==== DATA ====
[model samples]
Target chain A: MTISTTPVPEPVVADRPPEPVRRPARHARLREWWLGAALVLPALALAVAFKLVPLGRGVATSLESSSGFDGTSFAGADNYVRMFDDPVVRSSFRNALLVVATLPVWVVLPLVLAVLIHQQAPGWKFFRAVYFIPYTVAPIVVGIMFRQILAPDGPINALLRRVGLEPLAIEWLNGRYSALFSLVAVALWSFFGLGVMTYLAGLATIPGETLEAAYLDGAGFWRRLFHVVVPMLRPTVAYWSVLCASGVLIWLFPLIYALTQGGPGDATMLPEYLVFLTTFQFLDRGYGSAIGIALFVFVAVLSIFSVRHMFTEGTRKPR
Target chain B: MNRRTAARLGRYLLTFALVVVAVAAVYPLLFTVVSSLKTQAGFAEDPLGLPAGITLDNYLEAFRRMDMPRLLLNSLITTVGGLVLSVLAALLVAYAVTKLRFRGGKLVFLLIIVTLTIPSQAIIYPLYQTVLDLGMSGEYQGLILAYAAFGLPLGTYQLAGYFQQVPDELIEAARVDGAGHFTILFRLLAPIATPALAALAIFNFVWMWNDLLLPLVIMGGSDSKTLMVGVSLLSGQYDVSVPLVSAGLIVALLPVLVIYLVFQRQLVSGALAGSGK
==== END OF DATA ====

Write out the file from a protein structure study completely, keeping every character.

[model samples]
Target chain A: MTISTTPVPEPVVADRPPEPVRRPARHARLREWWLGAALVLPALALAVAFKLVPLGRGVATSLESSSGFDGTSFAGADNYVRMFDDPVVRSSFRNALLVVATLPVWVVLPLVLAVLIHQQAPGWKFFRAVYFIPYTVAPIVVGIMFRQILAPDGPINALLRRVGLEPLAIEWLNGRYSALFSLVAVALWSFFGLGVMTYLAGLATIPGETLEAAYLDGAGFWRRLFHVVVPMLRPTVAYWSVLCASGVLIWLFPLIYALTQGGPGDATMLPEYLVFLTTFQFLDRGYGSAIGIALFVFVAVLSIFSVRHMFTEGTRKPR
Target chain B: MNRRTAARLGRYLLTFALVVVAVAAVYPLLFTVVSSLKTQAGFAEDPLGLPAGITLDNYLEAFRRMDMPRLLLNSLITTVGGLVLSVLAALLVAYAVTKLRFRGGKLVFLLIIVTLTIPSQAIIYPLYQTVLDLGMSGEYQGLILAYAAFGLPLGTYQLAGYFQQVPDELIEAARVDGAGHFTILFRLLAPIATPALAALAIFNFVWMWNDLLLPLVIMGGSDSKTLMVGVSLLSGQYDVSVPLVSAGLIVALLPVLVIYLVFQRQLVSGALAGSGK